Aquaponic systems use only 10% of the water needed by soil-based crops, but they are very rich in nutrients. Below are some of the things that should be considered to maintain good water quality and ensure a fast growth rate.
The suggested pH water level in an aquaponic system is 5.5 to 7.5. If the pH level exceeded the normal range, the plants wouldn’t absorb nutrients even though they are present in the water because of nutrient blocking. However, the recommended pH will always depend largely on the fish and plants that are being cultivated in the system.
Aquaponic plants need oxygen to avoid root-rot and fungus growth. The correct amount of dissolved oxygen that the system requires is typically not greater than 3 mg/liter.
Most aquaponic vegetables grow between 18-30 °C; however, growers should also keep in mind that different plants require different temperatures most of the time. For instance, leafy green vegetables can grow faster between 14–20 °C. The Food and Agriculture Organization of the United Nations suggests that the local seasonal planting practices should be followed to avoid too many temperature adjustments.
Light is primarily needed for photosynthesis, aside from water, carbon dioxide, and oxygen. Placing the aquaponic unit in an area directly hit by sunlight is necessary for the plants to get energy for photosynthesis. Keep in mind that too much sunlight can be problematic for certain breeds of fish and plants.
To convert fish waste into useful fertilizer, it has to go through biofilter or the nitrification process. Since fish produce waste in the form of ammonia, bacteria present in the system will convert them into nitrates that are the direct source of plant nutrients.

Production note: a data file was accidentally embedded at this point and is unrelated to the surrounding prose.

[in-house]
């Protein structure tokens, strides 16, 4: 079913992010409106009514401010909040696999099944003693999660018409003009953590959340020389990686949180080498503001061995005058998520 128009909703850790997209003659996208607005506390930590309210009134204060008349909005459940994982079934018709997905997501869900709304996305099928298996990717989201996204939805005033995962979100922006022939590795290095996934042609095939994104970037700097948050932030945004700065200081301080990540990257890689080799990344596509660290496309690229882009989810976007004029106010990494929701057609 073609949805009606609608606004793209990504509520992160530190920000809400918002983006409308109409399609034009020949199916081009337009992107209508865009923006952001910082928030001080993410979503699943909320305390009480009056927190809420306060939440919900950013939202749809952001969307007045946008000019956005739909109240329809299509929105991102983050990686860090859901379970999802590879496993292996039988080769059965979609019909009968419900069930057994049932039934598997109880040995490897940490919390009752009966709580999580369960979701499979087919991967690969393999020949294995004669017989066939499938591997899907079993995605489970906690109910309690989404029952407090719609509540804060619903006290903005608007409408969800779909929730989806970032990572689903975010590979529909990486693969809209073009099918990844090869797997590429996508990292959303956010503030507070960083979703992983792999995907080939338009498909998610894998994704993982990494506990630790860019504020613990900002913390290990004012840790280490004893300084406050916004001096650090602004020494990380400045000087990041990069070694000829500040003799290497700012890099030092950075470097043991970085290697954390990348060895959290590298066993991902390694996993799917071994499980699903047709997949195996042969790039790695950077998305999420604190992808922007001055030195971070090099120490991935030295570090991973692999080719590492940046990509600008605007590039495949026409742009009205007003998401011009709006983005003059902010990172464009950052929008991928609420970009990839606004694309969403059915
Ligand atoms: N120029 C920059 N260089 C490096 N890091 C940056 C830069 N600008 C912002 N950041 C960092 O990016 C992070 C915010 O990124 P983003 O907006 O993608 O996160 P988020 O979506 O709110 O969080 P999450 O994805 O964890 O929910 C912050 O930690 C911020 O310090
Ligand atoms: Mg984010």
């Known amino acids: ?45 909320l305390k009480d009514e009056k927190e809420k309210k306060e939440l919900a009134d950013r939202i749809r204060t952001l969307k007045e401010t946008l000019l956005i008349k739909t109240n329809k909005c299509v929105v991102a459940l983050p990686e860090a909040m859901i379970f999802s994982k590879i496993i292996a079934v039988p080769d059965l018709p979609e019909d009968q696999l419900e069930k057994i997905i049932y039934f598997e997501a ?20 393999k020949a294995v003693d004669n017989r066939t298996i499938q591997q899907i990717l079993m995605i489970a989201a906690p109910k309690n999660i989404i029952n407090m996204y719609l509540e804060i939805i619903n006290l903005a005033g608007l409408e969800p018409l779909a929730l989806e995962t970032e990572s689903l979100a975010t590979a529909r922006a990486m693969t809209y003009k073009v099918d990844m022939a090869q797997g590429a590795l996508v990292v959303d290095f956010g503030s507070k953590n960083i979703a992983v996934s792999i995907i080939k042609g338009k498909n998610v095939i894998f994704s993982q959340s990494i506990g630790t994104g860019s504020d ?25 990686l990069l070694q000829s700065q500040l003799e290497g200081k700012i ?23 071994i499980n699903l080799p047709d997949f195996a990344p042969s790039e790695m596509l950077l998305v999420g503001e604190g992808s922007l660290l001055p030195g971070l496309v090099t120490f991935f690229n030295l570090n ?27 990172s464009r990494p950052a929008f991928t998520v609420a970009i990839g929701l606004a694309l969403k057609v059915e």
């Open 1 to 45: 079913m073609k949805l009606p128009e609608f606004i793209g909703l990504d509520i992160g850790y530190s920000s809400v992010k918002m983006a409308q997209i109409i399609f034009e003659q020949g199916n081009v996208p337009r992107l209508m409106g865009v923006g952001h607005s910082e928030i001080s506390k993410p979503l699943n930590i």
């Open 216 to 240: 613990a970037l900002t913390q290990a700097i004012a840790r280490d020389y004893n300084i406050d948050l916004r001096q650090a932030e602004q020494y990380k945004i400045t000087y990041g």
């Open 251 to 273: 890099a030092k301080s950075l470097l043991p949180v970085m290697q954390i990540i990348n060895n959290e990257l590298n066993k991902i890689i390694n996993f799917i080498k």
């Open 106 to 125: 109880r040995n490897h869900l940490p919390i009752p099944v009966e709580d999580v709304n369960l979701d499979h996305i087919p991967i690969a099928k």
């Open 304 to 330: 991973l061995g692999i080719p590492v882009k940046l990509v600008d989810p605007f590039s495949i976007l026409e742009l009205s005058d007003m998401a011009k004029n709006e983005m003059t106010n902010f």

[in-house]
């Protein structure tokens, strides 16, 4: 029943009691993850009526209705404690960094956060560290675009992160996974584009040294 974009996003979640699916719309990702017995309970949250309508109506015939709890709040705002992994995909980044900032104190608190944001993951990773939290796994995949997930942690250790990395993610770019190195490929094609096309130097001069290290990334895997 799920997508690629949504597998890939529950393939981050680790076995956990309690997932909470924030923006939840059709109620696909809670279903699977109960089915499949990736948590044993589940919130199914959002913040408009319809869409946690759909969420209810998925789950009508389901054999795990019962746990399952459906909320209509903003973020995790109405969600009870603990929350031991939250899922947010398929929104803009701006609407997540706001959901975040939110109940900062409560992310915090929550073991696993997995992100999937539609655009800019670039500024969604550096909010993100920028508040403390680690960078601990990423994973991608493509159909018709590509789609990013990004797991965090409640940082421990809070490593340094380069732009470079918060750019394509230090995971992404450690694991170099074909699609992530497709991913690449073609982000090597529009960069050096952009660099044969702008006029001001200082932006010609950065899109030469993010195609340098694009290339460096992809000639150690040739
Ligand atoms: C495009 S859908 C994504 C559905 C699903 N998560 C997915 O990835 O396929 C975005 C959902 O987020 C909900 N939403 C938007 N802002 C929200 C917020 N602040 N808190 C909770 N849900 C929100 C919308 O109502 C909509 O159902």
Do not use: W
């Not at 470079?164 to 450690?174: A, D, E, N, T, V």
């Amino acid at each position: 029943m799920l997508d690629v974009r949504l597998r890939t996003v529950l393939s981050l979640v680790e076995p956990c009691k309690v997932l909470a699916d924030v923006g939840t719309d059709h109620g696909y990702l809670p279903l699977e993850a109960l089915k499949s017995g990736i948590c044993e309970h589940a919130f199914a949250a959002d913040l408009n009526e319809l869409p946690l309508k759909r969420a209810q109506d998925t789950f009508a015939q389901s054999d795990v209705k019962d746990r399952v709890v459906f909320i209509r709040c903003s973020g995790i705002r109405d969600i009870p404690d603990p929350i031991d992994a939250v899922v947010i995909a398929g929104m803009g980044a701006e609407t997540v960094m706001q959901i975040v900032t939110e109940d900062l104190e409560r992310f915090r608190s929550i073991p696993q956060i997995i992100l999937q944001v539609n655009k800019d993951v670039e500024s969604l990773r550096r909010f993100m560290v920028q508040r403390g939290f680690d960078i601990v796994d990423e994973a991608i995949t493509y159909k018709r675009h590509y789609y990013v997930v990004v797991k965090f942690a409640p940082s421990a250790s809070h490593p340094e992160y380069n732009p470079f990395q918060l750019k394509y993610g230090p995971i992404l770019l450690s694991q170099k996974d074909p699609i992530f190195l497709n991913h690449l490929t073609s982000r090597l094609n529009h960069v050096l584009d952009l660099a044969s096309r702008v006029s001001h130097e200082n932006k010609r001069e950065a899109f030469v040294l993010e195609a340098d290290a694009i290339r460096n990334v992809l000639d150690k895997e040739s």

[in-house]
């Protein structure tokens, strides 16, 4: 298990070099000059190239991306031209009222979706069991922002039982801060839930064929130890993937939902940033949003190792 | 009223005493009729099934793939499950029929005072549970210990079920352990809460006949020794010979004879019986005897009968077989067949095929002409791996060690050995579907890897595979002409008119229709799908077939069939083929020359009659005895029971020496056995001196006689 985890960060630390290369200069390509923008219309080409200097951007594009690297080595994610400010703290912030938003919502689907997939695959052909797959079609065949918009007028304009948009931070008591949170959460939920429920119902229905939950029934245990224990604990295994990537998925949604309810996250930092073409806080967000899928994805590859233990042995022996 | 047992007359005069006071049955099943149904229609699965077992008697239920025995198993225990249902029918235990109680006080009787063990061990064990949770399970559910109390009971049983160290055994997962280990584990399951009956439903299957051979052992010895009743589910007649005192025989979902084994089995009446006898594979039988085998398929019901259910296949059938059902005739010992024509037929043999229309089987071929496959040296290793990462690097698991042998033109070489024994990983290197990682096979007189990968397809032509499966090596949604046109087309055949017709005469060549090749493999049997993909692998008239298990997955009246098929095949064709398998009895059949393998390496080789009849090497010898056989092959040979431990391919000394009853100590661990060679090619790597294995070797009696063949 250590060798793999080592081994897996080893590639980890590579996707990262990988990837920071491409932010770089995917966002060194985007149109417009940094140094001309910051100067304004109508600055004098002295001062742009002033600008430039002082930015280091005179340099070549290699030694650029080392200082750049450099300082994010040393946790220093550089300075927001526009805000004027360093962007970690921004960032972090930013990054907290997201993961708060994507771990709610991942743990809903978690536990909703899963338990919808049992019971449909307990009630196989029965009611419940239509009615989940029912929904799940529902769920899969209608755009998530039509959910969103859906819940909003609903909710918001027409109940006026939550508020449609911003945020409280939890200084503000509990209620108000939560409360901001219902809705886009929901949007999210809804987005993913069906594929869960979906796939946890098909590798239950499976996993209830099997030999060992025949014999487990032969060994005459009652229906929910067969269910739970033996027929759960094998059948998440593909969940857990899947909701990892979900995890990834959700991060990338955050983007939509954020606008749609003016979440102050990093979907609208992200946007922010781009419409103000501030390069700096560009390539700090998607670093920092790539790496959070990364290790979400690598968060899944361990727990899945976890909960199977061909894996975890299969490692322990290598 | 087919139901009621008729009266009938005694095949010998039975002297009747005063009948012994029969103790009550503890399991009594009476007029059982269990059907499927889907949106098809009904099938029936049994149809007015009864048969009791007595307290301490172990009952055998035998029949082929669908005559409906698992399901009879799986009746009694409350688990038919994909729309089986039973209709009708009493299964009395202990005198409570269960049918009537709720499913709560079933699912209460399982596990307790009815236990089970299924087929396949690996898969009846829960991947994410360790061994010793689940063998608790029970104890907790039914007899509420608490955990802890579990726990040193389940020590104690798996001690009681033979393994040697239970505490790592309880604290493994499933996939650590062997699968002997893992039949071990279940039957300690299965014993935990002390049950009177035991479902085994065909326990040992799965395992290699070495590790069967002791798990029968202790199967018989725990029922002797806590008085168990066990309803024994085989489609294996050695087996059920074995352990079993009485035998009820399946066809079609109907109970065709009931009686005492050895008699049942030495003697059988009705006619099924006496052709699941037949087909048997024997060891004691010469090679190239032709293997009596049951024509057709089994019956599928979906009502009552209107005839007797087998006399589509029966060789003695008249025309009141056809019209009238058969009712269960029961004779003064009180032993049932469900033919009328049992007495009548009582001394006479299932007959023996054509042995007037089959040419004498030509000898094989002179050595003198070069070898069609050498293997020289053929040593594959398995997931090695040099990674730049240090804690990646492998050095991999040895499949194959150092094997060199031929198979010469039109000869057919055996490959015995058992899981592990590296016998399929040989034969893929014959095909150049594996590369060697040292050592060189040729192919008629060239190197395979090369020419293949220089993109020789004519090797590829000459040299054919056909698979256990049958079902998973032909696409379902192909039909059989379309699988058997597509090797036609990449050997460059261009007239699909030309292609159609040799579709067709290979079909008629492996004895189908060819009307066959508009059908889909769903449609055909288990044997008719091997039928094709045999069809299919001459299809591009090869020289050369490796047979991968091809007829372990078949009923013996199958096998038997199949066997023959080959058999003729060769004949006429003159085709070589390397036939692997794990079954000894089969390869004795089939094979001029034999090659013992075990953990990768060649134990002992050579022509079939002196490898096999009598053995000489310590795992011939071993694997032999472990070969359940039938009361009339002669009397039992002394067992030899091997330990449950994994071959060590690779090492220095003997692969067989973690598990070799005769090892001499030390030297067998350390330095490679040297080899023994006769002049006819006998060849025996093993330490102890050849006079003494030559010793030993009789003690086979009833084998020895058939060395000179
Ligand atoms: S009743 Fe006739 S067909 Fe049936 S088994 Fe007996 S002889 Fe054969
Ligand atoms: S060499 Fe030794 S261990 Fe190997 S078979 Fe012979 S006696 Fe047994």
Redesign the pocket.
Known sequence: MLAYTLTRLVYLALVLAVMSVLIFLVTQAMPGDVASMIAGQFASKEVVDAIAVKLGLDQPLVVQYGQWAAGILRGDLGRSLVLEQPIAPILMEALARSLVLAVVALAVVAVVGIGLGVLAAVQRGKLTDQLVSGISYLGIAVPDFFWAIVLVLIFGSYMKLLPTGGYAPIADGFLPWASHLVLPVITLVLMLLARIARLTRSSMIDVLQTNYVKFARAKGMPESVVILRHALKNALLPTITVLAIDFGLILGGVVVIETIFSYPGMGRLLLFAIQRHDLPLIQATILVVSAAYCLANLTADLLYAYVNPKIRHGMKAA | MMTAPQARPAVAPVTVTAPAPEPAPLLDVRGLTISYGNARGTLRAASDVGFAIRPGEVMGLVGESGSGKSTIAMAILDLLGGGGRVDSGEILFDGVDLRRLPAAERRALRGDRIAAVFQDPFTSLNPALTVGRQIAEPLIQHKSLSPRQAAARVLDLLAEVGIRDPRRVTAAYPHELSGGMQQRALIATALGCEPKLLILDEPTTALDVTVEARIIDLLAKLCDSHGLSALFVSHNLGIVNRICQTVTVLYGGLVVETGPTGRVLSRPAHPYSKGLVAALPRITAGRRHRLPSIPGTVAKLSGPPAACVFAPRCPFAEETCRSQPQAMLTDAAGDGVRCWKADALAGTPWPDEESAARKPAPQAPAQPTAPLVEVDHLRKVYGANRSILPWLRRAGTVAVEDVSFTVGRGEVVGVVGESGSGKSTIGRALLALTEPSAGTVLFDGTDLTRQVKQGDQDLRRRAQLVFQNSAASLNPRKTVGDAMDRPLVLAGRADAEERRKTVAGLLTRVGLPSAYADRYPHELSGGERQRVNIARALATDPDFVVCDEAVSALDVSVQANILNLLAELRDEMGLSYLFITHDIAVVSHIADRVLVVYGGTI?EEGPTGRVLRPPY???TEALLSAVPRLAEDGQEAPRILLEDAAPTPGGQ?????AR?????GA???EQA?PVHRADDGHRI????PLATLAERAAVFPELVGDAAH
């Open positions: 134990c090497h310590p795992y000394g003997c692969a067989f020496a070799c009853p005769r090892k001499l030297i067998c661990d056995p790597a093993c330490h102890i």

Planting design is vital to make sure that each crop receives enough nutrients to grow. Aside from this, it can also maximize garden space and increase production. During the planning phase, growers can draw a layout on a piece of paper, taking into consideration how much space each plant will consume depending on their size.
Balance of fish and plants
For the aquaponic system to produce crops fast, there should be a balanced ratio between the fish and the plants. This way, the plants receive the right amount of nutrients from the fish waste, and in return, the water is thoroughly filtered and healthy for the fish.
Conclusion: Plants grow faster in aquaponics, but…
Growing crops through aquaponics has a lot of advantages including the superior growth rate over soil-based systems and the high amount of yield. This is possible because of the many factors that directly affect plant growth in an aquaponic system have the ability to be controlled. This is often impossible for soil-based gardening techniques. However, soil gardening can also have some benefits, including a lower-barrier to entry and affordable start-up costs.
Many aquaponics practitioners go with a hybrid-gardening approach, in which certain plants will be cultivated aquaponically, while others are grown in soil. This is a beneficial strategy, particularly if you are trying to decide between where to set up your aquaponics bed, and also if budget becomes a concern.